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WELCOME TO THE MEMPHIS ARCHAEOLOGICAL AND GEOLOGICAL SOCIETY WEBSITE

Click here for information on how you can become a MAGS member.

DECEMBER 2014 MAGS EVENTS
12.04.2014 6:30pm

MAGS Board Meeting: St. Frances–St. Claire Room

12.05-07.2014 TBA MGM Show: Montgomery, AL
12.06-07.2014 TBA DMC Field Trip: Gray, TN
12.12.2014 7:30pm MAGS Membership Meeting/Holiday Party: Shady Grove Presbyterian Church Fellowship Hall
12.13.2014 TBA MAGS Field Trip: Hedger Aggregate Mine, Jonesboro, AR
12-13-143.2014 TBA MTGMS Show: Franklin, TN

IMPORTANT NOTE: Non-members are not permited to participate in any MAGS field trips.
This includes all areas: public, private collecting, and pay sites. No exceptions.

FROM THE DECEMBER 2014 ISSUE OF MAGS ROCKHOUND NEWS
Come party with us!

12.01.14: MATTHEW LYBANON: You're invited to the MAGS Holiday Party, December 12, 2014, 7:30pm at Shady Grove Presbyterian Church in Memphis. MAGS will provide the main entreé. You are requested to bring a potluck salad, vegetable, entreé or dessert. Come early to help decorate and prepare the hall for our party. If your last name begins with A-F, bring an entreé; G-P bring a dessert; Q-Z bring appetizers or vegetables. Adults, if you wish to participate in the gift exchange, please bring a wrapped, hobby-related gift appropriate for either a man or woman, valued at least $10. Children, MAGS has a gift for you. Read more about MAGS in the December Rockhound News.

FROM THE NOVEMBER 2014 ISSUE OF MAGS ROCKHOUND NEWS
Bite me, scratch me, bore me to death: the study of ichnofossils

11.05.14: DR. MICHAEL A. GIBSON: Ichnofossils (from the Greek “ichnos” = trace), also called trace fossils, are physical traces of behavior of an organism preserved within sediment and sedimentary rock. The earliest known ichnofossils are simple tubes from the Paleoproterozoic Medicine Peak Formation (2.5–2.0 billion years old) .Read more in the November Rockhound News.

FROM THE OCTOBER 2014 ISSUE OF MAGS ROCKHOUND NEWS
The mining cycle

10.01.14: MATTHEW LYBANON: In September, MAGS member Herb Nicholson explained the rock cycle. At the October 10 meeting, MAGS member Alan Parks filled us in on the mining cycle. We are fortunate to have members who are experts in their field. Read more in the October Rockhound News.

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PUBLICATIONS [listed by permission of owner]
T.O. Fuller Excavation
Coon Creek Fossils: Part 1
Coon Creek Fossils: Part 2
Lower Devonian Fossils of West Tennessee

The 50mm-wide specimen represented here is Dalmanites retusus. Known only from isolated pygidia. The pygidium is distinct from other Birdsong trilobites in that it has a rounded profile and lacks a pygidial spine.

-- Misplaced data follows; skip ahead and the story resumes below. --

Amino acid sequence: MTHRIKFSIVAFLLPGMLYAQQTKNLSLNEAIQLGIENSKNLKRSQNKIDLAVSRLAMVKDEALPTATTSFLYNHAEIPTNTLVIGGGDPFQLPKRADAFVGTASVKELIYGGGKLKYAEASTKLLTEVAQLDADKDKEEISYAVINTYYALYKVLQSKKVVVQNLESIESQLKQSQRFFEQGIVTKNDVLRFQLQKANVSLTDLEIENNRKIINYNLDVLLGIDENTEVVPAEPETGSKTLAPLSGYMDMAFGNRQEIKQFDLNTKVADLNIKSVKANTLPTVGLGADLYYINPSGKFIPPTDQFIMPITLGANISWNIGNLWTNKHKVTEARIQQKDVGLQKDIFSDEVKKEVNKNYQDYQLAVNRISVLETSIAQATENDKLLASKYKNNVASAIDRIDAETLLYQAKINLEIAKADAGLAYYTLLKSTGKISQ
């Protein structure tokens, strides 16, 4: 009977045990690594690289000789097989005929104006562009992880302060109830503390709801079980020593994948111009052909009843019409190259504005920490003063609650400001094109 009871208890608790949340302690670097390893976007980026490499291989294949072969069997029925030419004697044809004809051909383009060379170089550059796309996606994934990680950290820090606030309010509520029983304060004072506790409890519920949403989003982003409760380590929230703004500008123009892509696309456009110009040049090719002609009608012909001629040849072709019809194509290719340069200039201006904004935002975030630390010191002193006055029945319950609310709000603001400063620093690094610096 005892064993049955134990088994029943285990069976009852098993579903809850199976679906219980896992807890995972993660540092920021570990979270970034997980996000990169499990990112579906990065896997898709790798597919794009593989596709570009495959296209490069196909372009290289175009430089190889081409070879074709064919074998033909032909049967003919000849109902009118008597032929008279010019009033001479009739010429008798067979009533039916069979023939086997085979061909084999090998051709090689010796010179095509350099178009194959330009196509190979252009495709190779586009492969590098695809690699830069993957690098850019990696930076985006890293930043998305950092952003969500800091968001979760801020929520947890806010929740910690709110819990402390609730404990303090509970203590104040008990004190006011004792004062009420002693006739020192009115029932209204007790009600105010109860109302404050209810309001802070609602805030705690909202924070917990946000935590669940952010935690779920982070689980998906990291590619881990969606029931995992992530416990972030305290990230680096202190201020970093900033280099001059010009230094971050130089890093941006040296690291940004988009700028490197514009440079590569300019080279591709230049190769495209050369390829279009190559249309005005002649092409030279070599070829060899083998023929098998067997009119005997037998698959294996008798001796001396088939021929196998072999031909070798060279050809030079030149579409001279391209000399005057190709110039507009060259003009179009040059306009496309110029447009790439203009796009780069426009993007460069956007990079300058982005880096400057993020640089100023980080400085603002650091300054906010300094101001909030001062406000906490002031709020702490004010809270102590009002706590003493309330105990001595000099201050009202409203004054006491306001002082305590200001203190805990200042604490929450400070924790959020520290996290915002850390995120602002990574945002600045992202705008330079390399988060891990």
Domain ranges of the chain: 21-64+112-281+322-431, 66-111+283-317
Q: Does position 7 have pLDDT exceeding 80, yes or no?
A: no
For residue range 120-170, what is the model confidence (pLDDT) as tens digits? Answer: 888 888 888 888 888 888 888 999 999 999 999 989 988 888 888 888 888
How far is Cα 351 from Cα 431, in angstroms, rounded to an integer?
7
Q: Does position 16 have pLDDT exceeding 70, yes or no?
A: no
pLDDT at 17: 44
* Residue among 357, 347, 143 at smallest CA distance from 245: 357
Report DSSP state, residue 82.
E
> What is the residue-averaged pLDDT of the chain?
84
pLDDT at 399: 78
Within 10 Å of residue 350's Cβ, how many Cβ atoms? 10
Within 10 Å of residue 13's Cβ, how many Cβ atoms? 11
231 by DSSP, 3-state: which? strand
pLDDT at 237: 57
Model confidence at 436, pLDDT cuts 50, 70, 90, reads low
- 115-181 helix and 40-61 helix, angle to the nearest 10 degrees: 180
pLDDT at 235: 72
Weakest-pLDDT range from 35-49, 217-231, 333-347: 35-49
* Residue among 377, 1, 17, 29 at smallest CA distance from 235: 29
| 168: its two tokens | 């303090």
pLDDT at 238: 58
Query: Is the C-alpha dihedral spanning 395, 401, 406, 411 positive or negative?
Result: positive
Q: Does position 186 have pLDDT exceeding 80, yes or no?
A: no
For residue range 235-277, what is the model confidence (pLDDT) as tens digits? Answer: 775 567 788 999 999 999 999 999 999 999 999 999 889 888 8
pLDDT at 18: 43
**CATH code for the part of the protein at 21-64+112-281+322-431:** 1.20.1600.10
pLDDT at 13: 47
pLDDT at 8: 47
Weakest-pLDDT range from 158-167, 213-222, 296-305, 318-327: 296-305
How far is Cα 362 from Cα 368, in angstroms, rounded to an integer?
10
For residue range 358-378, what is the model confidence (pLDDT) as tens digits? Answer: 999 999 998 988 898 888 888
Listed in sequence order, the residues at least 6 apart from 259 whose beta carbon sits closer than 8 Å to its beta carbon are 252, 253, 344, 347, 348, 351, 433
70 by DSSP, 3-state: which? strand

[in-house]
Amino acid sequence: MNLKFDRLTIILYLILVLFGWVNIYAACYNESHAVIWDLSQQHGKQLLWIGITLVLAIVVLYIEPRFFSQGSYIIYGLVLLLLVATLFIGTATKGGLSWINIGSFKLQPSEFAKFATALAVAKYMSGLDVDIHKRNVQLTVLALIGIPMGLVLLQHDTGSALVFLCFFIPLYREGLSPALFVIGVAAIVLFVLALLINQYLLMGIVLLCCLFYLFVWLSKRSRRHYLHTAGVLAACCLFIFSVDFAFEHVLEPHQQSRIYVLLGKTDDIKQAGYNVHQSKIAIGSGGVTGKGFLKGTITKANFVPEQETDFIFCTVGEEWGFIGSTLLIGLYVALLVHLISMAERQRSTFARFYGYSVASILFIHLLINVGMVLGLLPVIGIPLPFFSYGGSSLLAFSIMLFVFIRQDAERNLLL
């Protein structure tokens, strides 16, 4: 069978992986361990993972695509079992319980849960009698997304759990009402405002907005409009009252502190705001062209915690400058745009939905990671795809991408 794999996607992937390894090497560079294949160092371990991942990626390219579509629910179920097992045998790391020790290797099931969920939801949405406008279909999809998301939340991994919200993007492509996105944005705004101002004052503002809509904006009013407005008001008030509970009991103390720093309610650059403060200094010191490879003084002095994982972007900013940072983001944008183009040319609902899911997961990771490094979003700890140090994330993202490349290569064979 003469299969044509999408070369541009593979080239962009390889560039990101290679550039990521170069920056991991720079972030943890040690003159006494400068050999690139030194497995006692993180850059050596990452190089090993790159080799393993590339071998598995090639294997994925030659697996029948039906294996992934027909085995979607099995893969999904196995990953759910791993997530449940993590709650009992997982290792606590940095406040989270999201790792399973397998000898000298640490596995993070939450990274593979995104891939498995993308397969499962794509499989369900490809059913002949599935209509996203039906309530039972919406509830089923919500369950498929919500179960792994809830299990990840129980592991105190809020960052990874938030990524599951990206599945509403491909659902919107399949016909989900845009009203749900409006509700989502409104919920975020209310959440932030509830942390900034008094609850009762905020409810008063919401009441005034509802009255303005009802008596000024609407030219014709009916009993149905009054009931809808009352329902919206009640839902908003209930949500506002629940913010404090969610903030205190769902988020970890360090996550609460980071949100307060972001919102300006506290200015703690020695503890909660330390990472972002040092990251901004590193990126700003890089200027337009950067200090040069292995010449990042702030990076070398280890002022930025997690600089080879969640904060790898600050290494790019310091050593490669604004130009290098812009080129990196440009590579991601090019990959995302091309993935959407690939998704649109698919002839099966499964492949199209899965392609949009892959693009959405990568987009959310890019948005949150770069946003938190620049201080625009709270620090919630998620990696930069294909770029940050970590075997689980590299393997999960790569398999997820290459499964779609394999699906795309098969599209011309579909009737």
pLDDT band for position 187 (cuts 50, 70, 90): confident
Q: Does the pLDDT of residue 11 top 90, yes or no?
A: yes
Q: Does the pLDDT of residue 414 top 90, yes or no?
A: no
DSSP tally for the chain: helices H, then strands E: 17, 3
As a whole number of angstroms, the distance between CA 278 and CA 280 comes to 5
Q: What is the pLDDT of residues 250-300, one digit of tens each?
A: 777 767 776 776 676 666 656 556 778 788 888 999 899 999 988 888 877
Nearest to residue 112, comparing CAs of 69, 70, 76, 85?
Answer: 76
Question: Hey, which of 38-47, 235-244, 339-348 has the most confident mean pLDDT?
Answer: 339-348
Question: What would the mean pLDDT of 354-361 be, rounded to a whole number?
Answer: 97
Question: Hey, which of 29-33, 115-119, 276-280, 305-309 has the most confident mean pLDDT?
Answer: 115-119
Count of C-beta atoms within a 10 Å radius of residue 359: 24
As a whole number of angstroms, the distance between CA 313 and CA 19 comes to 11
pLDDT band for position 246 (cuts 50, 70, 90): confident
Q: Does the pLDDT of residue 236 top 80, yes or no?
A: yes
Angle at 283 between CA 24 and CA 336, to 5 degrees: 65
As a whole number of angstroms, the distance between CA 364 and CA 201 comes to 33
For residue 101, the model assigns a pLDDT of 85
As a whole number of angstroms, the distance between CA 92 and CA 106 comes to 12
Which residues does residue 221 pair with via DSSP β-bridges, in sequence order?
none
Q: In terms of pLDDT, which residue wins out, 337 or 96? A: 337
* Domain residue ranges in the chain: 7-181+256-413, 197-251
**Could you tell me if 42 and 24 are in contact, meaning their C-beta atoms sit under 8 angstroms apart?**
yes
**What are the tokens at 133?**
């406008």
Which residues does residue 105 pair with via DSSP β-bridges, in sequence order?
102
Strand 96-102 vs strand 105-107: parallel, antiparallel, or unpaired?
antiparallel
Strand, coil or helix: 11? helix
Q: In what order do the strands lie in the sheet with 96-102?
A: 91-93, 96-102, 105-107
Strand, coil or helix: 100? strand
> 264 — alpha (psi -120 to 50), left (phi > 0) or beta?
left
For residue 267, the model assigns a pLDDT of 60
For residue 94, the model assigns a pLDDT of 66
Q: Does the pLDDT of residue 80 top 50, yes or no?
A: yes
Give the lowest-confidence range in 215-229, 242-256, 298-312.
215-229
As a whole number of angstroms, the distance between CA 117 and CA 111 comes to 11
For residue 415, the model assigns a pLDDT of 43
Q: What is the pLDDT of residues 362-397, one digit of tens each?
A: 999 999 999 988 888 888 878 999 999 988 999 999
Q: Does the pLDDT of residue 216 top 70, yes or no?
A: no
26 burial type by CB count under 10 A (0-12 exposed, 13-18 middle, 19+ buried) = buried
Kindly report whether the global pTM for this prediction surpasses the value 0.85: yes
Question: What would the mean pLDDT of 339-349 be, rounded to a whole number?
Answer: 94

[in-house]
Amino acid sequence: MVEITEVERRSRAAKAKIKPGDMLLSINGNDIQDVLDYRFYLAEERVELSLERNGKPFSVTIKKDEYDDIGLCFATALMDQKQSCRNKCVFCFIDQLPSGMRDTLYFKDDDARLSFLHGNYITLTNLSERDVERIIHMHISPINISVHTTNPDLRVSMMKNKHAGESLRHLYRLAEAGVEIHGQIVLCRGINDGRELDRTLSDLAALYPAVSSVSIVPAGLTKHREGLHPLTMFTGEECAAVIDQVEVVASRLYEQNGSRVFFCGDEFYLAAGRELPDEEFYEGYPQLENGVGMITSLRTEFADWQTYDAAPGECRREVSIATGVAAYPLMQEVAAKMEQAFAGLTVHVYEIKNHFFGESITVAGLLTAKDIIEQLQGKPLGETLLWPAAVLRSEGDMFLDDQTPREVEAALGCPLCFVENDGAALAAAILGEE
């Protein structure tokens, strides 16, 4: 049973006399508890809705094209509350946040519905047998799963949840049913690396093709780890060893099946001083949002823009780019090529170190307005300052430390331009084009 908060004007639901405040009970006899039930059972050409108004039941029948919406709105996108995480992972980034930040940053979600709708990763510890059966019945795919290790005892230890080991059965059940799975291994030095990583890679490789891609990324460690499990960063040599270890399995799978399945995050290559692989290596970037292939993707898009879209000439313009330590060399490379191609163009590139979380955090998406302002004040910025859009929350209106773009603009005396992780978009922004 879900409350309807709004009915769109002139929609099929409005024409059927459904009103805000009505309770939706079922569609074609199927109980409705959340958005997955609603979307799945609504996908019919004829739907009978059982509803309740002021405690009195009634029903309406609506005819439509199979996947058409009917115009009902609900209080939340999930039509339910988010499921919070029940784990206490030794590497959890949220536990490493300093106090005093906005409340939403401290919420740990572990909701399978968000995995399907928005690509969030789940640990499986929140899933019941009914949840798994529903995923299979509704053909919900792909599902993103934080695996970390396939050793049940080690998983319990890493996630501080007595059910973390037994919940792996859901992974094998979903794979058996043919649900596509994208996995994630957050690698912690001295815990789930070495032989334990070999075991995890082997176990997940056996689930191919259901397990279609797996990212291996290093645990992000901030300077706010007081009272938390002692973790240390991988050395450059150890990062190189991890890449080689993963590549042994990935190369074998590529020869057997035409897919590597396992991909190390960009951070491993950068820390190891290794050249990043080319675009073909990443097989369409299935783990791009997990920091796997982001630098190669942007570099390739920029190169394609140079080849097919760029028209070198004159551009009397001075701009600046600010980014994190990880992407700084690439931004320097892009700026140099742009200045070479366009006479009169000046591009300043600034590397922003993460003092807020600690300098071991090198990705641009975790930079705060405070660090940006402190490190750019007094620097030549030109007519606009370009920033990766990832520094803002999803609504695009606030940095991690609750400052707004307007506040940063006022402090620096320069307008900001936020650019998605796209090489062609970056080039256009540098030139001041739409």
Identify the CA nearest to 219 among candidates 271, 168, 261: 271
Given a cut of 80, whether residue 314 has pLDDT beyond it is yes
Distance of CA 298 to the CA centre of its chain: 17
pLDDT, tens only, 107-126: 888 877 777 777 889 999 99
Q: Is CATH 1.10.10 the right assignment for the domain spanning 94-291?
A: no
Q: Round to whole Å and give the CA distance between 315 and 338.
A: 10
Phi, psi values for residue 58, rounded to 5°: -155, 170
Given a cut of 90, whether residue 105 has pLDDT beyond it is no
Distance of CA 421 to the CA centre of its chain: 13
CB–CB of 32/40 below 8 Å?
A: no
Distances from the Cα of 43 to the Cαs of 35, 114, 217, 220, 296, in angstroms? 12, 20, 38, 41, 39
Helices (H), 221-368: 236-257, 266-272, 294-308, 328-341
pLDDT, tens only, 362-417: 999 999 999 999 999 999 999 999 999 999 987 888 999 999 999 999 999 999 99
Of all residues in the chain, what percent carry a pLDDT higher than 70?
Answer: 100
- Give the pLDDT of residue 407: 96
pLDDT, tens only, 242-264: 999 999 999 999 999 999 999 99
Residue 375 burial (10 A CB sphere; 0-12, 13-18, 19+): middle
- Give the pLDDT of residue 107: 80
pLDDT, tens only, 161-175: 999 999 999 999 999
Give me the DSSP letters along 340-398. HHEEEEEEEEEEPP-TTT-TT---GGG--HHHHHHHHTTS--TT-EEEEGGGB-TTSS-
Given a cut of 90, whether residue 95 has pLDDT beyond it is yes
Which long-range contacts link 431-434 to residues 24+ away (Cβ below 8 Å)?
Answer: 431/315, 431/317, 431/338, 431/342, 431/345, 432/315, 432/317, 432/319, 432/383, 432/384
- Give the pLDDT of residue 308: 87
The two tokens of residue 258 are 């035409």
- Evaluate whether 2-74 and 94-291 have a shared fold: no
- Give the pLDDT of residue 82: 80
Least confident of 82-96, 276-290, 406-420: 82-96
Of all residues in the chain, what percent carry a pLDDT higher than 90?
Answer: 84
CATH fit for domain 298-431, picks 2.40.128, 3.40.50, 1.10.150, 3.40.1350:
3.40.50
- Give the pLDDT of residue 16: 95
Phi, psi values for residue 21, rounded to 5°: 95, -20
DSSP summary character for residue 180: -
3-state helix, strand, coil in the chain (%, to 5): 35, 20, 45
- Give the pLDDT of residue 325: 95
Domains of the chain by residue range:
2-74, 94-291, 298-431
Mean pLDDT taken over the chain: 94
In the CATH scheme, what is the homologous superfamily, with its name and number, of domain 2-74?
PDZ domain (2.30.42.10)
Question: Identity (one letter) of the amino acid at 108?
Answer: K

Excerpt from Devonian Fossils of West Tennessee, by Kieran Davis.

The Lower Devonian system is well represented in Tennessee, forming part of an almost unbroken sequence of deposits ranging in age from the Middle Silurian to upper Lower Devonian. The Ross Formation of west-central Tennessee contains the most diverse and abundant Lower Devonian invertebrate fauna and this guide focuses on the most fossiliferous member of the Ross--the Birdsong Shale. The Birdsong Shale is well exposed in road cuts along State Highway 69 and in the many active and disused quarries of western Tennessee.

Click here or on the trilobite to download your copy of this 40-page PDF.

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EXPLORE MAGS A LITTLE BIT MORE
The Earth Wide Open
Pictures
MAGS Field Guide
For information about The Earth Wide Open, the annual Rock Show sponsored by MAGS and held at the AgriCenter in Memphis, TN, click here.
 
In addition to the Gallery listed in the top navigation, you can find pictures of MAGS events in our Online Album and picture pages such as these:
2014 Sugar Creek Field Trip
 
Click here to visit, ask questions, or leave comments on the MAGS Field Guide to Rocks, Minerals and Fossils. Click here for an index of topics on the blog.
Chucalissa Indian Village

CHUCALISSA (Choctaw word meaning "Abandoned House"): The ruins of this native American town sit on the Mississippi bluff five miles south of downtown Memphis. At one time the population of Chucalissa could have been a thousand to fifteen hundred. The town existed into the seventeenth century, when its townspeople left and never returned. Hence, the name Chucalissa. Since most native Americans north of the Rio Grande never developed a written language, we can never know the town's real name.

Read about MAGS' involvement in the early years of Chucalissa.

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MAGS Contact:
WC McDaniel
2038 Central Ave
Memphis TN 38104
901.274.7706
email: WC McDaniel

 

MAGS is a member of:

The American Federation of Mineralogical Societies

 

MAGS is a member of:

The Southeast Federation
of Mineralogical Societies

"The present is the key to the past." –Archibald Geikie

 

 

 

 


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© 1998-2014 Memphis Archaeological and Geological Society. This page last updated 12.01.2014.